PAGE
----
|[2 earlier articles]|
|Re: Compilers in six hours firstname.lastname@example.org (1994-05-17)|
|Re: Compilers in six hours email@example.com (1994-05-18)|
|Compilers in six hours firstname.lastname@example.org (1994-05-18)|
|Compilers in six hours email@example.com (1994-05-19)|
|Re: Compilers in six hours firstname.lastname@example.org (1994-05-19)|
|Re: Compilers in six hours chase@Think.COM (1994-05-19)|
|Re: Compilers in six hours email@example.com (1994-05-20)|
|Re: Compilers in six hours firstname.lastname@example.org (Stefan Monnier) (1994-05-22)|
|Re: Compilers in six hours email@example.com (1994-05-24)|
|Re: Compilers in six hours firstname.lastname@example.org (1994-05-24)|
|Re: Compilers in six hours email@example.com (1994-05-25)|
|Re: Compilers in six hours firstname.lastname@example.org (1994-05-26)|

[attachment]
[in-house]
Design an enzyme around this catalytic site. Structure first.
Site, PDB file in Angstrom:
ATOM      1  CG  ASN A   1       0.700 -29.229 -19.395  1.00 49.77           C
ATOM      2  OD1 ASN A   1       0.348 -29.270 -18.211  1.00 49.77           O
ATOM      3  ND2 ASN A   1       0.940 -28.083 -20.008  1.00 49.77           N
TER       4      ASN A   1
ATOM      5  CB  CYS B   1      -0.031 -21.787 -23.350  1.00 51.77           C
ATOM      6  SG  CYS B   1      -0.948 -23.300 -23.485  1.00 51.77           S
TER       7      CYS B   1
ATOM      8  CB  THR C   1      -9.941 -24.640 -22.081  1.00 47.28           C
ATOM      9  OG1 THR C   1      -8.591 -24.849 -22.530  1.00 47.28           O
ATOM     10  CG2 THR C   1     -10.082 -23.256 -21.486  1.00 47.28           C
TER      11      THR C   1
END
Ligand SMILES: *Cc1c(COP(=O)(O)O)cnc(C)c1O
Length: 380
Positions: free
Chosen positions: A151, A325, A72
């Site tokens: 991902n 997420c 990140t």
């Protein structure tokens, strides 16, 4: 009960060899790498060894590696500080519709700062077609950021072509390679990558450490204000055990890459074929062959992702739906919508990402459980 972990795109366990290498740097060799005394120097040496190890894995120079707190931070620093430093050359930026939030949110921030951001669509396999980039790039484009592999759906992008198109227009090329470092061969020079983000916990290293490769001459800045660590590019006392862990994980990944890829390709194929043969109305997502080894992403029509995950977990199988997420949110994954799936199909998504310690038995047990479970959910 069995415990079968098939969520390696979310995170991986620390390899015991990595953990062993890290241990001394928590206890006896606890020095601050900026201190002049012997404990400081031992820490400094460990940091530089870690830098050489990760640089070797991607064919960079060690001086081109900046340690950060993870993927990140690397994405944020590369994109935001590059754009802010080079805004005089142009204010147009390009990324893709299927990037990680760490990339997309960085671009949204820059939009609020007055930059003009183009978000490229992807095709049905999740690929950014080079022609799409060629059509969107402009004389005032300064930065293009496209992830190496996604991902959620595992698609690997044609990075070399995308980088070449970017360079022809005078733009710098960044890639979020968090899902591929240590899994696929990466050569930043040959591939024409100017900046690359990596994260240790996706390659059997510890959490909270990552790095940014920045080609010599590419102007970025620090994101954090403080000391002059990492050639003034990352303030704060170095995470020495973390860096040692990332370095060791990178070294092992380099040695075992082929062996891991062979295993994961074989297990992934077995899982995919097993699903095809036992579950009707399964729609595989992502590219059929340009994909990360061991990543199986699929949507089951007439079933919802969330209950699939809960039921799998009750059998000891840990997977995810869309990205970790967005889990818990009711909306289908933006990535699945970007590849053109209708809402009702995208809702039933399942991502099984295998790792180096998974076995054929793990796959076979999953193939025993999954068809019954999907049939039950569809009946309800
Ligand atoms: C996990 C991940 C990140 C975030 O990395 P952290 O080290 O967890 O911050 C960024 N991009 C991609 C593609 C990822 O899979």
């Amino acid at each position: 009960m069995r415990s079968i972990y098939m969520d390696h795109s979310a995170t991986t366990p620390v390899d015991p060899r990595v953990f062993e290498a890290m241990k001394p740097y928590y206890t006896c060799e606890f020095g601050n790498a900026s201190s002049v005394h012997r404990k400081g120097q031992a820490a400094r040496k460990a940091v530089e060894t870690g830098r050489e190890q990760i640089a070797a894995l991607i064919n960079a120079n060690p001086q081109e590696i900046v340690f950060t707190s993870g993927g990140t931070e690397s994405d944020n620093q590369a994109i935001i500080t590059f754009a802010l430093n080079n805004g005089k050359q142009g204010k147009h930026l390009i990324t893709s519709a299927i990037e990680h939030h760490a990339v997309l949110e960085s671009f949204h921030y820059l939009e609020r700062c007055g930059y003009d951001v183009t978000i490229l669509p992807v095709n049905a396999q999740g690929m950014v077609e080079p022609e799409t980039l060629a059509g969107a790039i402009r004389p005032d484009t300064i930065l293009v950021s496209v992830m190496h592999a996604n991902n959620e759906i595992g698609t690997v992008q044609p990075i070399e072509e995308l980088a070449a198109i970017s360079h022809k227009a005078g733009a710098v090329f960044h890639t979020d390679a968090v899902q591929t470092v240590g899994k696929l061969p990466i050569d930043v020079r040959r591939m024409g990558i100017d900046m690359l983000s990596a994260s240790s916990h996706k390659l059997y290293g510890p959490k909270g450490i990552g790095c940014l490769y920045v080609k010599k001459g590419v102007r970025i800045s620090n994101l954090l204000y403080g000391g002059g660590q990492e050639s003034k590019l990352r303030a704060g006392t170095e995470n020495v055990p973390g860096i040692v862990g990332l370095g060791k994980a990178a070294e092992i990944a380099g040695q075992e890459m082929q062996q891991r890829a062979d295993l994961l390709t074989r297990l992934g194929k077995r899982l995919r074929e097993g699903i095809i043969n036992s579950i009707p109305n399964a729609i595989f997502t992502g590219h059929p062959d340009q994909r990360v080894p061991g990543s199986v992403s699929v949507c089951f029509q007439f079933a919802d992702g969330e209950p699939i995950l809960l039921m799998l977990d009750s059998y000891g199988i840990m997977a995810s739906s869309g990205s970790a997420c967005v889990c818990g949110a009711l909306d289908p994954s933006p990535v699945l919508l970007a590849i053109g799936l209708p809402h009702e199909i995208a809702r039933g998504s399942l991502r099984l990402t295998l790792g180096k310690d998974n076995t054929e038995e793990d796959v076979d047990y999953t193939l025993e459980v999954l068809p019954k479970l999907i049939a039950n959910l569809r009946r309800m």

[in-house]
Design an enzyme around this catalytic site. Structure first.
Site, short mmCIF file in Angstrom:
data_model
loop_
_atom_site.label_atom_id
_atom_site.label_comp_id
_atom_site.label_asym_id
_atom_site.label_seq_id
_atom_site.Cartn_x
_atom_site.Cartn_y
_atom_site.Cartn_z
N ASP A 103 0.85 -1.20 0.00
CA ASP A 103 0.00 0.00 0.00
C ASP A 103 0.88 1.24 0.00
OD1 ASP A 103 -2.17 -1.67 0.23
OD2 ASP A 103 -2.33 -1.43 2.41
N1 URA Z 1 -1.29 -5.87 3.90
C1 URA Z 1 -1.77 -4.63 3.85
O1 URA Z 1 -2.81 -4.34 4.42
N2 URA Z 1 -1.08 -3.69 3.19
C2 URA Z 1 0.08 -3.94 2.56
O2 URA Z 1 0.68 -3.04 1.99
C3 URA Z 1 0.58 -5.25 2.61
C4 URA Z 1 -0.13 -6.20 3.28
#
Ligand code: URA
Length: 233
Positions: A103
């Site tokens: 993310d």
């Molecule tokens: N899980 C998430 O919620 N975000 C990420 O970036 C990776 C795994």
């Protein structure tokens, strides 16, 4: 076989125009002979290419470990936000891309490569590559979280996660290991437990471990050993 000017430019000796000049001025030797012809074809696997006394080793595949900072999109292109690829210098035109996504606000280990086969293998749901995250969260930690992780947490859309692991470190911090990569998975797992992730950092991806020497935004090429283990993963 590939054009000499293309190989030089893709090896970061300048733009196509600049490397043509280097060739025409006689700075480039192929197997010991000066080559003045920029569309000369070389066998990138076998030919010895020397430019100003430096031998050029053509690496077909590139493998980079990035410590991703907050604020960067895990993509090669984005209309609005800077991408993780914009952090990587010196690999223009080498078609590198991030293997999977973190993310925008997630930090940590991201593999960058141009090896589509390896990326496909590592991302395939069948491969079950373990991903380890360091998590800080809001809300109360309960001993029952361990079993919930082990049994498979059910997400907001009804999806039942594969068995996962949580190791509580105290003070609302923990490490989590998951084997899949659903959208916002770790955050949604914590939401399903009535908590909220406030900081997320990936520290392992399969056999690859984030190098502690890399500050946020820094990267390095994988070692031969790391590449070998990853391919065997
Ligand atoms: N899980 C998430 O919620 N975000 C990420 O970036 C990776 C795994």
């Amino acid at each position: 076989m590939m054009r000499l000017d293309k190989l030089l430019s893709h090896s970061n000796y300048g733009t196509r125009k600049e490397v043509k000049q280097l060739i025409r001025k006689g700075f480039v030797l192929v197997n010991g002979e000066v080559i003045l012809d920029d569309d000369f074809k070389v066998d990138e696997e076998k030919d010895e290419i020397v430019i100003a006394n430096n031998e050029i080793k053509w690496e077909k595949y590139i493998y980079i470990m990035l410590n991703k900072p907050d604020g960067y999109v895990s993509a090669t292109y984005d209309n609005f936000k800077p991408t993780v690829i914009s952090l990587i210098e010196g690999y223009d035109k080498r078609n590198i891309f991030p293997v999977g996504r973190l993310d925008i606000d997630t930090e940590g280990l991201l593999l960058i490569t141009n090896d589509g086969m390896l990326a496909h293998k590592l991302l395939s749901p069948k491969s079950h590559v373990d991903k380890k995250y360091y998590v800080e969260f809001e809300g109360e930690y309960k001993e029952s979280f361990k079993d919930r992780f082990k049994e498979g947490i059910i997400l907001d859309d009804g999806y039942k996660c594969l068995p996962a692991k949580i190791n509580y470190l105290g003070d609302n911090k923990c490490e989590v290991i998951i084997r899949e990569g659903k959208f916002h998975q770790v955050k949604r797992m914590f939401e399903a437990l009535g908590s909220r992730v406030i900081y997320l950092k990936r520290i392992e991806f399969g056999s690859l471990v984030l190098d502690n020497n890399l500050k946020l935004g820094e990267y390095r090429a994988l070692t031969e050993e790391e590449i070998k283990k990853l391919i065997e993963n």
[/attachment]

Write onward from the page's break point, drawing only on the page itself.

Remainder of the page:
|From:||email@example.com (Henry G. Baker)|
|Date:||Fri, 20 May 1994 13:19:36 GMT|
firstname.lastname@example.org (Steve Simmons) writes:
>> 6. Actually doing a good job of machine-language generation nowadays is
>> probably nasty enough to justify a course in itself.
Generating machine-language that works is not difficult, and in many ways
easier than generating C (e.g., in C you have to worry about overrunning
the C compiler's statement length and parser stack limitations, and about
guaranteeing the proper ordering of side-effects). This is especially
true if you have a decent assembly macro system to build your own little
'mini-machine', which has no overlapped operations, no branch delay slots,
etc. The hard part, of course, is to generate machine language that
actually runs faster than the compiled (and optimized) C.
I would imagine that for many students, the problem is that you have to
know the machine language pretty well before you can generate code in it,
and many of the students may not be that experienced in assembler.
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